Friday, July 10, 2020
GIK Acoustics - Europe
GIK Acoustics - Europe
The Moshville Times

Review: The Burning Crows – Murder at the Gin House

Ross11179942_1104345409582636_1709829890936242910_nIt struck my mind some time ago that 2013 was an incredible year for debut albums with the likes of The Virginmarys, Black Star Riders and of course, The Burning Crows. All of whom have their follow-up due in 2015. So if 2013 was the year of the debut album, 2015 must surely be the year of the difficult second album.

And with The Burning Crows, that’s certainly the case. Behind the Veil was an incredible debut effort, one I didn’t think they could top. Not only have they topped it, Murder at the Gin House uses the bar set by the debut as a skipping rope before beating it into submission.

funded once again via PledgeMusic, the band who introduced me to the service, Murder at the Gin House firmly plants its feet in “album of the year” territory after just one listen. If you like your rock hard and heavy with a hint of sleaze and hair metal from the 80s, fill your boots with this album.

Once the slow-burner of the introduction of “Hell to Pay” subsides and the main riff hits like a speeding train, they set the stage for the remainder of the album and refuse to slow down for anything in their way.

There’s no distinct departure from Behind the Veil, nor is there the feeling of sticking to the same blueprint which made it so enjoyable. Instead the band tighten their belts and refine their already distinct brand of rock. There’s a sense of growth and maturity alongside a hunger lacking in a lot of bands today.

With “11:37”, “Come On” and “Shine”, we’re given tracks which are representative of the band’s music and displaying their growth as a band. Meanwhile “Feels Like Home”, The Burning Crows have created their own anthem to drink to, complete with a chorus to chant along with. Regardless of the subject, it’s one of the standout tracks on an album full of gems.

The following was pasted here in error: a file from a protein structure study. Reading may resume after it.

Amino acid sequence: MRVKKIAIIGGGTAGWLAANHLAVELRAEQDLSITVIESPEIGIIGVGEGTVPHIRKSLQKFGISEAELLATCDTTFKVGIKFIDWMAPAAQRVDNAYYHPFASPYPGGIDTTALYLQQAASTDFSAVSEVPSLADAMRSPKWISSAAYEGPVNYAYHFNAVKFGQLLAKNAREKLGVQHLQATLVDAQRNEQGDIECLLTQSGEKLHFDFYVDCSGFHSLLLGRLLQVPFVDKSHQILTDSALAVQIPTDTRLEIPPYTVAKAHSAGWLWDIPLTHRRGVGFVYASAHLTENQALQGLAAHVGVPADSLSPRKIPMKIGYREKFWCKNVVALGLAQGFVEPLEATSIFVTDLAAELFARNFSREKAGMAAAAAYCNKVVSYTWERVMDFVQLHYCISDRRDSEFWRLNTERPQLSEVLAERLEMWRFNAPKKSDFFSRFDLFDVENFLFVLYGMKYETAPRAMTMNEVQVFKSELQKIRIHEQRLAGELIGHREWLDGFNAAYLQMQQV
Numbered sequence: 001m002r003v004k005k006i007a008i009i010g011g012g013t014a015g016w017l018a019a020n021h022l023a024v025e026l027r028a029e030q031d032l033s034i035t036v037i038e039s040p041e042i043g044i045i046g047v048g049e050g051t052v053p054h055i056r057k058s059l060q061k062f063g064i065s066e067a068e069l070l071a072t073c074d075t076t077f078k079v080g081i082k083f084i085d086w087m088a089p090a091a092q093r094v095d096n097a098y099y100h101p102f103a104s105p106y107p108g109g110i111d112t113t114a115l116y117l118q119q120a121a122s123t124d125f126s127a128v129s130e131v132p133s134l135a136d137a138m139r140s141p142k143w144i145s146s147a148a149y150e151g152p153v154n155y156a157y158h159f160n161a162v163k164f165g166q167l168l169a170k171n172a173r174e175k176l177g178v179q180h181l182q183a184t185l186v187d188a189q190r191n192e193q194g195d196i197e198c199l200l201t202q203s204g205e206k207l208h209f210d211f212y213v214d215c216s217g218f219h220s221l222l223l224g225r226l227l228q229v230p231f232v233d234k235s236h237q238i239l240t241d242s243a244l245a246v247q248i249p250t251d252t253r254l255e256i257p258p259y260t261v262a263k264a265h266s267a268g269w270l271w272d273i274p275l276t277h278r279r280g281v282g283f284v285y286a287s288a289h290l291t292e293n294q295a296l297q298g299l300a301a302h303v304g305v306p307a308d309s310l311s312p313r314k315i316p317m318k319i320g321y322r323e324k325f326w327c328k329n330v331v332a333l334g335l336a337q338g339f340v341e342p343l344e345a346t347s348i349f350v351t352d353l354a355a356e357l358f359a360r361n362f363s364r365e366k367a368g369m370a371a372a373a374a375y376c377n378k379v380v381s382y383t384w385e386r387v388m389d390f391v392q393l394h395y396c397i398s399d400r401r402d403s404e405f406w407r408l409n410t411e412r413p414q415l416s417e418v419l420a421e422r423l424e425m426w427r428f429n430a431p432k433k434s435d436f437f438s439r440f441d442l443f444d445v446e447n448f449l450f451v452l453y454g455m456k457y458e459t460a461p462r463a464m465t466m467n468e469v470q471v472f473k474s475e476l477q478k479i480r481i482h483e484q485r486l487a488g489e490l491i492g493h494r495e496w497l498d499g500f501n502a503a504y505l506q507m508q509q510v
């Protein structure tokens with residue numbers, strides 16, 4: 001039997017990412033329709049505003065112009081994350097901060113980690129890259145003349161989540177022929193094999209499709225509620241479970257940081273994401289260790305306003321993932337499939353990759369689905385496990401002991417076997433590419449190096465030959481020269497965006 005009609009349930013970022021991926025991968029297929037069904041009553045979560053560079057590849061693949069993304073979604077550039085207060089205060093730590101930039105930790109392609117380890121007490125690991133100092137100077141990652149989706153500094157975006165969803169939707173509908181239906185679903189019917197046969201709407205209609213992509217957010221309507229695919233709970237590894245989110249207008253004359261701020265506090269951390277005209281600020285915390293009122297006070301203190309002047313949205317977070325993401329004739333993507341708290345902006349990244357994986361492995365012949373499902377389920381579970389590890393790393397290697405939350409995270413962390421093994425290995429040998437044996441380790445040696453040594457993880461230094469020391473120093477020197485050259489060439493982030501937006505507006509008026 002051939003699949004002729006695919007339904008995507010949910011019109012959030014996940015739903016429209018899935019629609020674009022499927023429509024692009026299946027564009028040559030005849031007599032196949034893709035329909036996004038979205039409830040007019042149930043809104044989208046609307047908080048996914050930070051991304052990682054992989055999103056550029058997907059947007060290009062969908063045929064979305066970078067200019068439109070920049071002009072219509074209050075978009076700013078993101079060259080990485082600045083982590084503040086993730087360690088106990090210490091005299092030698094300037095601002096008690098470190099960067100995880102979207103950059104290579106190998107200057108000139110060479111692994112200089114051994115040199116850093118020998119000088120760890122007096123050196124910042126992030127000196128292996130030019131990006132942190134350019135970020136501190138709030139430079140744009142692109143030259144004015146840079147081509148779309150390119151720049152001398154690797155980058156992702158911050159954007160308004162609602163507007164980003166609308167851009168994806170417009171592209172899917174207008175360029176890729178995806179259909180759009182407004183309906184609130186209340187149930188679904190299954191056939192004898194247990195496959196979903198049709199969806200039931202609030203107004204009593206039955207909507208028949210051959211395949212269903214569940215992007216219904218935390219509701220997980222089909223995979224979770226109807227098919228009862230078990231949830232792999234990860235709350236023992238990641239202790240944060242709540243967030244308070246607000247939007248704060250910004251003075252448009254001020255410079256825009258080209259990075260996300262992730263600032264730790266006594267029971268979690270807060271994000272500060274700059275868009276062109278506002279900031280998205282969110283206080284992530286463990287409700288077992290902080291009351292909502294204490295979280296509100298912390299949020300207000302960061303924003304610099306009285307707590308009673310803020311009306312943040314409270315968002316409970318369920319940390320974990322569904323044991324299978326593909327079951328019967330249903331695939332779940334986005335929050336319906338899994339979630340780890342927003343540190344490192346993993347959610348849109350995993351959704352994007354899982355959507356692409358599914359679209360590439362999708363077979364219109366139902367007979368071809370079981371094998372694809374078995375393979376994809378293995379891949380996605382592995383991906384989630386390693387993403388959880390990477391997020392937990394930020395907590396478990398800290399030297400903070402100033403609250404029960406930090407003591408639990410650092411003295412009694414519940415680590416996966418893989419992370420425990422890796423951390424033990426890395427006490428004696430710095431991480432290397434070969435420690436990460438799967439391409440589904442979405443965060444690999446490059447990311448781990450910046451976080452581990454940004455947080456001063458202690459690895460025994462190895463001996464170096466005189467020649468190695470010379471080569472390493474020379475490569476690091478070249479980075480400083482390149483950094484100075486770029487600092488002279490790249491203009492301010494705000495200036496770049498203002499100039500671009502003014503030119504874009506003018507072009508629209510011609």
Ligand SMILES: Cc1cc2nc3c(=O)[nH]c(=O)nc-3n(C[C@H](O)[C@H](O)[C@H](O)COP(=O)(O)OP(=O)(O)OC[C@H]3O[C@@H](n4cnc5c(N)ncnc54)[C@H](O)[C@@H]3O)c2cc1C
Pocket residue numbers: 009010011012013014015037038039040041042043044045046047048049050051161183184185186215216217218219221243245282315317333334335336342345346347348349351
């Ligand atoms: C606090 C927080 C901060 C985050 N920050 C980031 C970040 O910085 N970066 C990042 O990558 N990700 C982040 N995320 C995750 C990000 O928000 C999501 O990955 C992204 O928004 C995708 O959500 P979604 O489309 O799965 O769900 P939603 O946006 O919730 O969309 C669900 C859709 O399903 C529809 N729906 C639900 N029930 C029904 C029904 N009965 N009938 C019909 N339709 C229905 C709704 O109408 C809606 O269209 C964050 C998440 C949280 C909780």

It’s not all hard rock and aggression as they tame themselves for a couple of numbers like the epic, goose bump-inducing album closer “Holding On” and the ballad Aerosmith never wrote during their late 80s/early 90s comeback, “Goodbye (To the Sunshine)”.

Whippz Crow howls and snarls his way through his vocal duties. His inimitable voice booming from his stomach, rather than his lungs, twists its way round the melodies he and Lance Daniels lay down on their guitars. As always, the pair of them manage to work around each other, never stepping on each other’s toes. There’s a lot of different influences in both of their performances to create a unique blend and I could probably name ten different bands where they’re drawn influence from. At no point can I pinpoint anything which is a straight carbon copy or homage; instead they carve their own niche.

Will Lockett provides meaty bass lines throughout the album, shining on songs like “Holding On” and “Alright”. He locks in with Chris Chapman on drums to create a solid rhythm section, pounding the life out of his drumkit, the pair of them driving the songs forward. Much of Chapman’s drumming reminds me of Steven Adler; a consistent thunder without having to be overly complex.

As with their last effort, Nick Brine sits in the producer’s chair, pushing them even further than last time to give an even more polished album. My only problem with Behind the Veil was at fourteen tracks, I felt it was a bit bloated. However, Murder at the Gin House is a far leaner beast at only ten tracks which makes for a far more concise record, giving quality over quantity.

Between the matured sound, satisfying the hunger built for new material without overstaying its welcome and leaving me wanting more, Murder at the Gin House is the perfect follow-up album. It’s a hard job to surpass a strong debut album like theirs but The Burning Crows manage it effortlessly.

Murder at the Gin House is available now via PledgeMusic and general release is slated for 6th July.

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About The Author


Described as a gig junkie, can be seen at anything from the Quireboys to Black Label Society and everything in between.

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